Hereditary angioedema: Epidemiology, management, and role of icatibant

Aasia Ghazi, J. Andrew Grant

Research output: Contribution to journalArticle

24 Citations (Scopus)

Abstract

Hereditary angioedema (HAE) is an autosomal dominant, potentially life-threatening condition, manifesting as recurrent and self-limiting episodes of facial, laryngeal, genital, or peripheral swelling with abdominal pain secondary to intra-abdominal edema. The estimated prevalence of HAE in the general population is one individual per 50,000, with reported ranges from 1:10,000 to 1:150,000, without major sex or ethnic differences. Various treatment options for acute attacks and prophylaxis of HAE are authorized and available in the market, including plasma-derived (Berinert®, Cinryze®, and Cetor®) and recombinant (Rhucin® and Ruconest™) C1 inhibitors, kallikrein inhibitor-ecallantide (Kalbitor®), and bradykinin B2 receptor antagonist-icatibant (Firazyr®). Some of these drugs are used only to treat HAE attacks, whereas others are only approved for prophylactic therapies and all of them have improved disease outcomes due to their different mechanisms of action. Bradykinin and its binding to B2 receptor have been demonstrated to be responsible for most of the symptoms of HAE. Thus icatibant (Firazyr®), a bradykinin B2 receptor antagonist, has proven to be an effective and more targeted treatment option and has been approved for the treatment of acute attacks of HAE. Rapid and stable relief from symptoms of cutaneous, abdominal, or laryngeal HAE attacks has been demonstrated by 30 mg of icatibant in Phase III clinical trials. Self-resolving mild to moderate local site reactions after subcutaneous injection of icatibant were observed. Icatibant is a new, safe, and effective treatment for acute attacks of HAE. HAE has been reported to result in enormous humanistic burden to patients, affecting both physical and mental health, with a negative impact on education, career, and work productivity, and with substantial economic burdens. The timely and proper use of disease-specific treatments could improve patients' quality of life, reduce the disease-specific morbidity and mortality, and, last but not least, reduce costs associated with hospitalizations and emergency room visits. Therefore, the paradigm of HAE treatment has the potential to evolve significantly, thereby exponentially improving a patient's quality of life.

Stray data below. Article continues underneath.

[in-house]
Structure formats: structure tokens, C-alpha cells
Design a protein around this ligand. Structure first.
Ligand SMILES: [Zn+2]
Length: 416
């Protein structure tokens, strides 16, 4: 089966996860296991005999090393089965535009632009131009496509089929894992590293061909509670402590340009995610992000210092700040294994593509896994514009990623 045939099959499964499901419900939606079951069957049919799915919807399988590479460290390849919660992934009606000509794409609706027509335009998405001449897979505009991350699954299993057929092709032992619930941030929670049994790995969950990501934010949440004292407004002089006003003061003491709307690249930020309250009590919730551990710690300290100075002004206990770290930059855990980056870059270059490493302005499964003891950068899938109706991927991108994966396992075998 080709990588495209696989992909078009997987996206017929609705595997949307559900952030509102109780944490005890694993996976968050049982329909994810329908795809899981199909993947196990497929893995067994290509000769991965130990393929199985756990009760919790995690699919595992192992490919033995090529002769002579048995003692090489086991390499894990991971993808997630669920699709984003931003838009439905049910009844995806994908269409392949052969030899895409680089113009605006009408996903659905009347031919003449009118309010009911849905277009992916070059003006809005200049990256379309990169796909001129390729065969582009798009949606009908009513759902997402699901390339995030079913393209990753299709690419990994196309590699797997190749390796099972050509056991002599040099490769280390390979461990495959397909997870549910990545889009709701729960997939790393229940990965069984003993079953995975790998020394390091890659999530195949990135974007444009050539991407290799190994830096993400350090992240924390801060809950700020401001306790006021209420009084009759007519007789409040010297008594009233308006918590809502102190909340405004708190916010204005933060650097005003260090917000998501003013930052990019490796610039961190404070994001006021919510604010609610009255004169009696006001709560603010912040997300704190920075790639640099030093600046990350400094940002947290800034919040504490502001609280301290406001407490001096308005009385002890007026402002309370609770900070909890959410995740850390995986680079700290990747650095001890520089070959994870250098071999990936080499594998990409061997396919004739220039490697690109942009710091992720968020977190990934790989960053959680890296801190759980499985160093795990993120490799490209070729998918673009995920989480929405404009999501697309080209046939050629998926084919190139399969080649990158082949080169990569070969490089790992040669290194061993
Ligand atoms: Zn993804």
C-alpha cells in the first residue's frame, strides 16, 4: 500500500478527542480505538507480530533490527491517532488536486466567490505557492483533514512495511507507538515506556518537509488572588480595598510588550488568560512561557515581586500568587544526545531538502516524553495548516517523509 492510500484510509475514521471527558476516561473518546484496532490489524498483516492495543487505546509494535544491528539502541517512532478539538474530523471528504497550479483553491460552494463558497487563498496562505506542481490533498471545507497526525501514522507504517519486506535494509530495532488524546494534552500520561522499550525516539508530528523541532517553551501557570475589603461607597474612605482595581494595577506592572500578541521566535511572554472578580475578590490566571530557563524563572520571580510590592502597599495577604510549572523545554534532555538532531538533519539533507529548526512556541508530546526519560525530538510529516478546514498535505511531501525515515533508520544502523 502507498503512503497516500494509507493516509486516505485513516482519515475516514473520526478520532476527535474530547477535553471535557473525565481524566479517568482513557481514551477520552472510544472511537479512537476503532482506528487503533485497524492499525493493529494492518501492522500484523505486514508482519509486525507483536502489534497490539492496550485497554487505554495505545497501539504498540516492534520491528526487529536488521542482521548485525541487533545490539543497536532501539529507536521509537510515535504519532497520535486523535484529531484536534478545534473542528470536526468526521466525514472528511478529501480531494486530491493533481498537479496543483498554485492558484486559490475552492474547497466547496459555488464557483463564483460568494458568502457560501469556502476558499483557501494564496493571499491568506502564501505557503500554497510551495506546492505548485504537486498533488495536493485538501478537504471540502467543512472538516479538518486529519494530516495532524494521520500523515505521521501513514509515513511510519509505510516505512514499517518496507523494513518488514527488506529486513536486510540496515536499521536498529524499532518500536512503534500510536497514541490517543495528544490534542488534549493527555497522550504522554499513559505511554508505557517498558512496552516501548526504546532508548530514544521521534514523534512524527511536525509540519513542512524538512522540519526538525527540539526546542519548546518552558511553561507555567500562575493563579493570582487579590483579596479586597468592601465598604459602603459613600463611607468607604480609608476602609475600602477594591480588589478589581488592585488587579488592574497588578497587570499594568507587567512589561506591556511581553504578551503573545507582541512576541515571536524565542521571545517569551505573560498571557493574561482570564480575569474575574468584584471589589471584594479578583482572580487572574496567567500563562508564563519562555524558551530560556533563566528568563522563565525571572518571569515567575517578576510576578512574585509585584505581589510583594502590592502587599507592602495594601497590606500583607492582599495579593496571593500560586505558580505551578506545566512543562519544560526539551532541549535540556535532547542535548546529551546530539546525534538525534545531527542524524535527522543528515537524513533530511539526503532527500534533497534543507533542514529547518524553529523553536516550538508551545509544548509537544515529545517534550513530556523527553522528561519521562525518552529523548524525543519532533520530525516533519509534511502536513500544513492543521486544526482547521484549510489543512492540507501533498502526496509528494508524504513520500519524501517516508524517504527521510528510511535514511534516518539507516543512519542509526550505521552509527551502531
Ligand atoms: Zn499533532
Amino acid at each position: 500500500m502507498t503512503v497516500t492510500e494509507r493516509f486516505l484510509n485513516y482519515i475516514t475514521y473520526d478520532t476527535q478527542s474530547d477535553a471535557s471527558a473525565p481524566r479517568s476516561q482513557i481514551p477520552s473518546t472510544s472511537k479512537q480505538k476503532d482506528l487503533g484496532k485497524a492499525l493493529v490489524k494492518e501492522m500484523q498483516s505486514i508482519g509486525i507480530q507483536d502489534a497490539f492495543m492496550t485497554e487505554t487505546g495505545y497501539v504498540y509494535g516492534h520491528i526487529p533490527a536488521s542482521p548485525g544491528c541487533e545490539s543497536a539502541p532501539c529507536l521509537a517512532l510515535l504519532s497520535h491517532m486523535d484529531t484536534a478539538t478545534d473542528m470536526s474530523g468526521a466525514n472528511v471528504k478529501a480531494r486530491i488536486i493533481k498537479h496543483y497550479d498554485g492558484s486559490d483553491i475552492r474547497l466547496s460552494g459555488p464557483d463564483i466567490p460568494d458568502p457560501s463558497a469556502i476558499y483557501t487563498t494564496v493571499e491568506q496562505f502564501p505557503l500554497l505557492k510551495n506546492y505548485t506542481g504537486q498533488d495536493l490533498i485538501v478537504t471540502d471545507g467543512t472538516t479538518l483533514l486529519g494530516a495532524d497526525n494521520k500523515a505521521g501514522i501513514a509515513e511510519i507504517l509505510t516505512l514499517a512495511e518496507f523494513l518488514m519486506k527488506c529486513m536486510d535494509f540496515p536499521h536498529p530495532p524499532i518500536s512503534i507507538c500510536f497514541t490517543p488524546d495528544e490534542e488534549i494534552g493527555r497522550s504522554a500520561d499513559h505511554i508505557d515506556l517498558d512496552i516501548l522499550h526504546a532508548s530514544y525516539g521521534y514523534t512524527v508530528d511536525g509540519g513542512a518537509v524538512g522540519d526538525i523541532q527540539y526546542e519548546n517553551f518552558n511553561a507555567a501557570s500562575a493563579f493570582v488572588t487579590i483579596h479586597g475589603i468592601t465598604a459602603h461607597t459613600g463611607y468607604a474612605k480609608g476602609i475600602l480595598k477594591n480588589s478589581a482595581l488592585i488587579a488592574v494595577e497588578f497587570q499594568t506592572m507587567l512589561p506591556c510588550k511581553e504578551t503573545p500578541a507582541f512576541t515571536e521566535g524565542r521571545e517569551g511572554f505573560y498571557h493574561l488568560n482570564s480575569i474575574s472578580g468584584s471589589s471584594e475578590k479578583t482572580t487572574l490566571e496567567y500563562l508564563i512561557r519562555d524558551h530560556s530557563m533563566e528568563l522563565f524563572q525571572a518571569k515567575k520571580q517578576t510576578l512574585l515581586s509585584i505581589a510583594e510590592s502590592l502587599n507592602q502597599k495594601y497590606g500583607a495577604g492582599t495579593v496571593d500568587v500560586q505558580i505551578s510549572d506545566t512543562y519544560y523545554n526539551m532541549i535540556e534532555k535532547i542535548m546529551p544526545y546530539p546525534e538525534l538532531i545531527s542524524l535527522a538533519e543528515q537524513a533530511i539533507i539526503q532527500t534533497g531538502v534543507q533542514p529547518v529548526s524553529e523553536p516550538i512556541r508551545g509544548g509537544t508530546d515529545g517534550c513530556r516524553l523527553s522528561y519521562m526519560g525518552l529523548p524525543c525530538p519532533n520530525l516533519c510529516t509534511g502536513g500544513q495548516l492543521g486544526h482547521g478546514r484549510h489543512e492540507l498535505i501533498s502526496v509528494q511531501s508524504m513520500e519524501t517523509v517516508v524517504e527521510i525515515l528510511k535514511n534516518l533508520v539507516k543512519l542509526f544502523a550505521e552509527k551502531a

Original languageEnglish (US)
Pages (from-to)103-113
Number of pages11
JournalBiologics: Targets and Therapy
Volume7
Issue number1
DOIs
StatePublished - May 20 2013

Fingerprint

Hereditary Angioedemas
Epidemiology
Therapeutics
Quality of Life
icatibant
Phase III Clinical Trials
Kallikreins
Bradykinin
Subcutaneous Injections
Abdominal Pain
Hospital Emergency Service
Edema
Mental Health
Hospitalization
Economics

Keywords

  • Bradykinin
  • C1 inhibitor
  • Hereditary angioedema
  • Icatibant

ASJC Scopus subject areas

  • Oncology
  • Immunology and Allergy
  • Pharmacology (medical)
  • Gastroenterology
  • Rheumatology

Cite this

Hereditary angioedema : Epidemiology, management, and role of icatibant. / Ghazi, Aasia; Andrew Grant, J.

In: Biologics: Targets and Therapy, Vol. 7, No. 1, 20.05.2013, p. 103-113.

Research output: Contribution to journalArticle

Ghazi, Aasia ; Andrew Grant, J. / Hereditary angioedema : Epidemiology, management, and role of icatibant. In: Biologics: Targets and Therapy. 2013 ; Vol. 7, No. 1. pp. 103-113.
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